Jack O'Connell as Louis Zamperini under the direction of Angelina Jolie has brought the Unbroken story to the big screen. The film is a compelling portrayal of Zamperini testing the world and the world testing Zamperini. (SPOILER ALERT) Louis is bullied in school, coached to run at the edge of human capacity, shot at, lost at sea on a life raft for weeks on end and then ends up as a prisoner of war under the control of a sadistic camp commander.
As we follow the story,
our empathy is quickened and our understanding of the limits of human endurance
is broadened. The film is two-hours and seventeen minutes of the same scene:
life deals Louis a bad hand, Louis spits in the face of Fate and Fate comes back
at him again, and again.
As far as it goes, the film is strong and evocative, but the problem is that the film doesn't take us far enough into his story. We
never see Louis grow as a person. He triumphs over the sea and survives the
Bird. We are witness to his tenacity and the power of his will as he is
confronted time and time again with challenges he must overcome. No one should
have to suffer the horrors which confronted Louis and we share his gratitude
when he kisses the tarmac.
The film is a representation of a life in
the flesh and if that life lost interest when the lips left the pavement, then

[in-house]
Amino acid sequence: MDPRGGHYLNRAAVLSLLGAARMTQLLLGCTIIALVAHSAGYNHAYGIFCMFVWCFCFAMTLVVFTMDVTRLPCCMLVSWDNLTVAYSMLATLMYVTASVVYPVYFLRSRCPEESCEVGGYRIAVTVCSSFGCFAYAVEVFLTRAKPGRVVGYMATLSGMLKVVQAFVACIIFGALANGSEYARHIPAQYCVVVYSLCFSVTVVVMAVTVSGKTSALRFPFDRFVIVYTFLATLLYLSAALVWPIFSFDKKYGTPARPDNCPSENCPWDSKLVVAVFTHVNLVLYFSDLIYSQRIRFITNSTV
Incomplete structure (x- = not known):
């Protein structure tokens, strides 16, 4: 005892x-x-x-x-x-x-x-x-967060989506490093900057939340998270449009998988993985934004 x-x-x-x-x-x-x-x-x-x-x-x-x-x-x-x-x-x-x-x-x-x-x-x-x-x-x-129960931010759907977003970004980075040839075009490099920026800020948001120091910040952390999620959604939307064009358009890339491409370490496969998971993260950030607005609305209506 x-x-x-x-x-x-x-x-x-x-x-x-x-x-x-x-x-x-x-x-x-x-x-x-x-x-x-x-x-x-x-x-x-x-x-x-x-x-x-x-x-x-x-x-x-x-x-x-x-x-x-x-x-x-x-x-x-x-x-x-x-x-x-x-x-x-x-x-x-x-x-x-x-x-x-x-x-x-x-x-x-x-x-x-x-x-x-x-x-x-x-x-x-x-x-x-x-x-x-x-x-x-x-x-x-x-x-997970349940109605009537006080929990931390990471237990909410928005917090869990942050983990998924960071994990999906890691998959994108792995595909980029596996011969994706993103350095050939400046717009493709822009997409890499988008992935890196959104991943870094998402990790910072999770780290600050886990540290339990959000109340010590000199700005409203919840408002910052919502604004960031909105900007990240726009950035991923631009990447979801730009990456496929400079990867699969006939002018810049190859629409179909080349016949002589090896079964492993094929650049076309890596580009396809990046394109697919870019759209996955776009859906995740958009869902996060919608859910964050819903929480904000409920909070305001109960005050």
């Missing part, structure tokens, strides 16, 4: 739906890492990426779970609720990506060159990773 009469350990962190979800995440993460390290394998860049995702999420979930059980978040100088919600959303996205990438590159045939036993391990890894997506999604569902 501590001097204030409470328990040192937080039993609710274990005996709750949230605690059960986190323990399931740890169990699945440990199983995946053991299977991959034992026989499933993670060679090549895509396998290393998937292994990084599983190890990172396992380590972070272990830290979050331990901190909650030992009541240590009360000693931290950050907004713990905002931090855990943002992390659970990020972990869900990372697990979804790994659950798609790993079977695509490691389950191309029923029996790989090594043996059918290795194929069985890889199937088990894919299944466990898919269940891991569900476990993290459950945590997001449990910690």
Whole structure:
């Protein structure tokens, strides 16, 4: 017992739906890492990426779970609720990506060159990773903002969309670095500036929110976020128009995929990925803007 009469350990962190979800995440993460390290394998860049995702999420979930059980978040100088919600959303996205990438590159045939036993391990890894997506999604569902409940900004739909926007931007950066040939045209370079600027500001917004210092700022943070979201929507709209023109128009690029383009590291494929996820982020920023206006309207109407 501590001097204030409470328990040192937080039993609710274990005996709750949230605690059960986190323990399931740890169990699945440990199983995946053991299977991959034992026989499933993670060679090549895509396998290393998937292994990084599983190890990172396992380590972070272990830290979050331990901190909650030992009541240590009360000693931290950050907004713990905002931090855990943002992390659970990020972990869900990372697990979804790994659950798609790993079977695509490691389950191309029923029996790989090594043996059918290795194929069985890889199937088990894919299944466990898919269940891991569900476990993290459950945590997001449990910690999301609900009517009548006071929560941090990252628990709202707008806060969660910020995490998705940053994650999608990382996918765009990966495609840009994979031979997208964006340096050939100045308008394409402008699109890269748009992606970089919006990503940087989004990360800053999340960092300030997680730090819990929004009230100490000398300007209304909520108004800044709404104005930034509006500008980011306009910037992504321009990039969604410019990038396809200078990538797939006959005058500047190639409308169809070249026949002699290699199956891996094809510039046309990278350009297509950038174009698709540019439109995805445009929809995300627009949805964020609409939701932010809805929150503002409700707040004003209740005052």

the decision to end the film at that point makes sense. However, the narrative
in the book presses on, I am told, describing Louis' alcoholism and the loss of
his marriage both resulting from PTSD and the aftermath of his horrific wartime
The struggle to reach a place where he was comfortable with
his own history is certainly the most complex challenge Louis faced and may be
the most interesting. Few of us will ever be lost at sea or captured as
prisoners of war, but the difficulty of facing our own past with honesty,
compassion and integrity is a common, if not universal, conundrum. The climax
of Louis' story apparently comes at a Billy Graham crusade where accepts his own
life, lets go of his hatred and his need for revenge and learns to forgive those
at whose hands he suffered.
Between the tarmac kiss and the credits,
Jolie throws up some epilogue notes telling us a bit of what happened next in
Louis' life, but that next part is too important to summarize in a bit of rolling text. The film fails
to deliver enough of the Zamperini story. We see him survive, but we are denied
access to the personal growth that finally brought him happiness.
film was over two hours and I do not claim that there was much that could be cut
without losing an essential part of the story. Maybe the Louis Zamperini story
is more than can be reduced to a film. Now I am reading the book so I can
finish the story.